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Foster, Herald’s legendary food critic, dies

Dereck Foster, a legend in the local gastronomic circles whose name became one of the most recognizable bylines in the Buenos Aires Herald, died yesterday after battling cardiac problems for months. He was 82.

Foster’s involvement with the Herald began almost by chance but lasted almost four decades, until last December. In 1973 he wrote a letter to then-editor Bob Cox, complaining about a restaurant review. Little did he know it was a column that Cox had written himself under a pen name. Cox then offered him to take over the paper’s restaurant section — the two became fast friends.

“He wrote on wine, food and the ways of the world, which he knew pretty well after visiting 36 countries,” Cox wrote in a letter to the Herald last month. “He put Argentina on the map for gourmets and gourmands by writing so knowledgeably about its wines, cheeses and cuisine.”

A well-known figure in the local gastronomic circles, Foster was a pioneer. He wrote about food and wine before everyone had a blog and Instagrammed their every meal. Foster wrote about wine before the world fell in love with Malbec. And he wrote a guidebook about Argentine food and wine before everyone became a critic through the likes of Tripadvisor.

Dereck was “one of the first to recognize the potential of Malbec,” wrote Andrés Rosberg, the head sommelier at Fierro Hotel and the president of the Pan American Sommelier Alliance, in one of the many tributes to the Herald veteran that filled Twitter after his death. Juan Carlos Fola wrote a tribute to him on the site Fondo de Olla, in which he pointed out that many first met Foster in a classroom, where he shared his knowledge about food and wine. He began talking about wine “at a time when wine-making in Argentina, as we know it today, was in diapers,” Fola wrote.

Harry Ingham was often featured in Foster’s columns, mentioned as “my friend Harry.”

“Dereck was, above all, a good guy,” Ingham recalled yesterday at Foster’s funeral in Pilar. “A humble man who treated people well and had unquestionable ethics in a profession in which ethics is difficult. One of the few things that angered him was when they misspelled his first name as Derek, without a c.”

It is little wonder then that when a lunch in his honour was organized at the classic Oviedo restaurant last month, some of the biggest names in the local culinary scene, including Martiniano Molina, Gonzalo Aramburu, Carola Chaparro, Alicia Delgado, Cristina Goto, Raquel Rosemberg, and Beatriz Chomnalez were present to honour Foster.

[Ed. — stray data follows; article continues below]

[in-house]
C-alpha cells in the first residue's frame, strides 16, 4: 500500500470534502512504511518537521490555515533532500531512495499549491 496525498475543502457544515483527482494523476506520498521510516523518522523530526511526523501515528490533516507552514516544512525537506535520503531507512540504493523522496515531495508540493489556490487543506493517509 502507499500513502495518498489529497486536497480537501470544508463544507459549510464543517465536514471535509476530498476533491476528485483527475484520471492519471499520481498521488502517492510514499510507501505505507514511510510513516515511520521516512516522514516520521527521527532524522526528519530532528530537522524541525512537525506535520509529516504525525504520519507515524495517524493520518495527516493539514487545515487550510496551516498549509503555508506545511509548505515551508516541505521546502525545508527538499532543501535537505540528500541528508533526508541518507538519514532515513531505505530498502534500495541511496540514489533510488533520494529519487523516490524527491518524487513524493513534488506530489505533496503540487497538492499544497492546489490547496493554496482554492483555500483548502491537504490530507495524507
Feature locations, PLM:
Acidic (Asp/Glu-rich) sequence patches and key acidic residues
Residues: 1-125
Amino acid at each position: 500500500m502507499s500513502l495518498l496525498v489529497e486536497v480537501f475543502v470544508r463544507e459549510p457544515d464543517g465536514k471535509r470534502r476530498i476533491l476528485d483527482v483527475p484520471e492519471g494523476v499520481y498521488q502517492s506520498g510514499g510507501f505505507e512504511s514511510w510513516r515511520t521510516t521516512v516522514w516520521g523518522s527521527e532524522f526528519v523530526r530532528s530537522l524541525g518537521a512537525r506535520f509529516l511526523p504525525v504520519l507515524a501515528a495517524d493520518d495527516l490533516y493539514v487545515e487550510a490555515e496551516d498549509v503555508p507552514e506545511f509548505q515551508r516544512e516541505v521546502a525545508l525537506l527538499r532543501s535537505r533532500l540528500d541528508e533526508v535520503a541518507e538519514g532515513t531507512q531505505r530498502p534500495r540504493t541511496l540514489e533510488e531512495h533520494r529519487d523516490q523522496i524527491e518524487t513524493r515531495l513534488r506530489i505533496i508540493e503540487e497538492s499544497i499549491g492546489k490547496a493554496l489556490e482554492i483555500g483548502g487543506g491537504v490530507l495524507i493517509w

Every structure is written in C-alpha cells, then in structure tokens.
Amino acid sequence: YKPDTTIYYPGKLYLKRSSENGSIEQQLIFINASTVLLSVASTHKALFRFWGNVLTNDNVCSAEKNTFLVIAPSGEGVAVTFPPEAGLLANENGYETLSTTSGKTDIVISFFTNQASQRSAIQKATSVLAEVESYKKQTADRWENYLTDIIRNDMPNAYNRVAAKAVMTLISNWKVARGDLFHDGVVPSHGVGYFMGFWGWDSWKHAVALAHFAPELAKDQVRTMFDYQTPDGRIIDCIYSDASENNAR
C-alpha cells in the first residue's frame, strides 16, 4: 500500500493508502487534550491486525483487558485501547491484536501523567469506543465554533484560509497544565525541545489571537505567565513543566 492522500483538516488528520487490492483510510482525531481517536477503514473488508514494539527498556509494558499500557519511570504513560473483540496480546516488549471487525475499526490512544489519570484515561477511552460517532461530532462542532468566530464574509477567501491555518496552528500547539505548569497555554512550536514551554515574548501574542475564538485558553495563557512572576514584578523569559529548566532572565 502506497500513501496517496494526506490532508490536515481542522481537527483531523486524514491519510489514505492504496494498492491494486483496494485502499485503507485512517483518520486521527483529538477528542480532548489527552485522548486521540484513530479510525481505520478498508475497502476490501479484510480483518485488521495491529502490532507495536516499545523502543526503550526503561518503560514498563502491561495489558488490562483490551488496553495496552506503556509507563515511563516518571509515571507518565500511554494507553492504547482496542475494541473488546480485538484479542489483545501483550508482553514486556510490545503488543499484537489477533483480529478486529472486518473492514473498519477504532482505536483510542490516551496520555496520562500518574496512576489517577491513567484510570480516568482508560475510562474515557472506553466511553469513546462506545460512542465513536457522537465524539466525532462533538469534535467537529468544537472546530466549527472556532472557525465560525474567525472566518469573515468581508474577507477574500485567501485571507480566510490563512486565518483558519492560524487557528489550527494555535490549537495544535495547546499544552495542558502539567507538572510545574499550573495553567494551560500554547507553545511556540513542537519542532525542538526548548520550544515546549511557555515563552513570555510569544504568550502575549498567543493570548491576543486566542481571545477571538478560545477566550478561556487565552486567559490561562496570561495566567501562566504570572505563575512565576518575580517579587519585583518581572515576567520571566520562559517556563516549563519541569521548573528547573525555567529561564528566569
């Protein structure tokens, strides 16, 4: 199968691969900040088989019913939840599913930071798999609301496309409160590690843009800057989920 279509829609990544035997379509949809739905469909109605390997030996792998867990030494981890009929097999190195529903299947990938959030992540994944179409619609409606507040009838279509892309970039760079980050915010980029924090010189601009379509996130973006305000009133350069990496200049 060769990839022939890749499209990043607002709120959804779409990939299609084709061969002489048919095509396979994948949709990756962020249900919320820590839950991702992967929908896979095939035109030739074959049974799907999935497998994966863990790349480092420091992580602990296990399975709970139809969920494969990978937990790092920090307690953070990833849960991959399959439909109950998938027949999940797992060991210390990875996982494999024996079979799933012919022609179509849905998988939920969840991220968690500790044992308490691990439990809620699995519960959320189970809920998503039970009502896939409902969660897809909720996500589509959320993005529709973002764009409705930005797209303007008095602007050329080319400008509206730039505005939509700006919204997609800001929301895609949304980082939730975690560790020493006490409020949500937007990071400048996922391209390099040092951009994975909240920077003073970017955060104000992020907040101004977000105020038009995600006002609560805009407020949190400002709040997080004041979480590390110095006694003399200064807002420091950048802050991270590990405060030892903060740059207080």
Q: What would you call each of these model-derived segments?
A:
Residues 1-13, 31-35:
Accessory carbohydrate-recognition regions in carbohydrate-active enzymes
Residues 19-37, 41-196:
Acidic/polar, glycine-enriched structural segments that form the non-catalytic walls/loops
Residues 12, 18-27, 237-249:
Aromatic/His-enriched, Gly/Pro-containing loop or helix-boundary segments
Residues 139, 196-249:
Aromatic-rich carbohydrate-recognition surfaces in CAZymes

Foster was a great advocate for wine-drinking, calling it a healthy habit that only becomes bad when done in excess.

“An excess in drinking water is as bad as with alocholic beverages,” Foster told an interviewer. “The magic is in knowing how to savour it.” He added that everyone should drink “a glass or a glass-and-a-half per day, every 24 hours — I suggest that people buy large glasses.”

In a panel discussion with fellow-journalists, Foster described wine as “the added pleasure at the table,” noting that “wine has a very special world and I try to get into that world.”

Dereck wrote several specialized books, including El Gaucho Gourmet, a bilingual book that delves into the origins of Argentine cuisine, and El León Domado (The Tamed Lion) about the British invasions of.

Obsessed with finding out the origins of local food traditions, he caused a minor revolution on the Internet when he told the origin story of the “milanesa napolitana,” that much beloved dish of breaded veal, topped with tomato sauce, ham and cheese.

“It is wrong to call it Napolitana,” Foster said, “because it really should be called Milanesa a la Nápoli.” Why? Because it was first made on a whim by José Nápoli in his downtown Buenos Aires restaurant, when he wanted to pass off a burnt milanesa to one of his best clients.

Weeks before his death, Dereck had accepted a proposal to write a monthly column for the Herald, but his health problems worsened.

Born in Buenos Aires on October 31, 1931, Foster is survived by his wife, Florencia, and his children, Lucas, who is 34, and 33-year-old Julián.

- Herald staff

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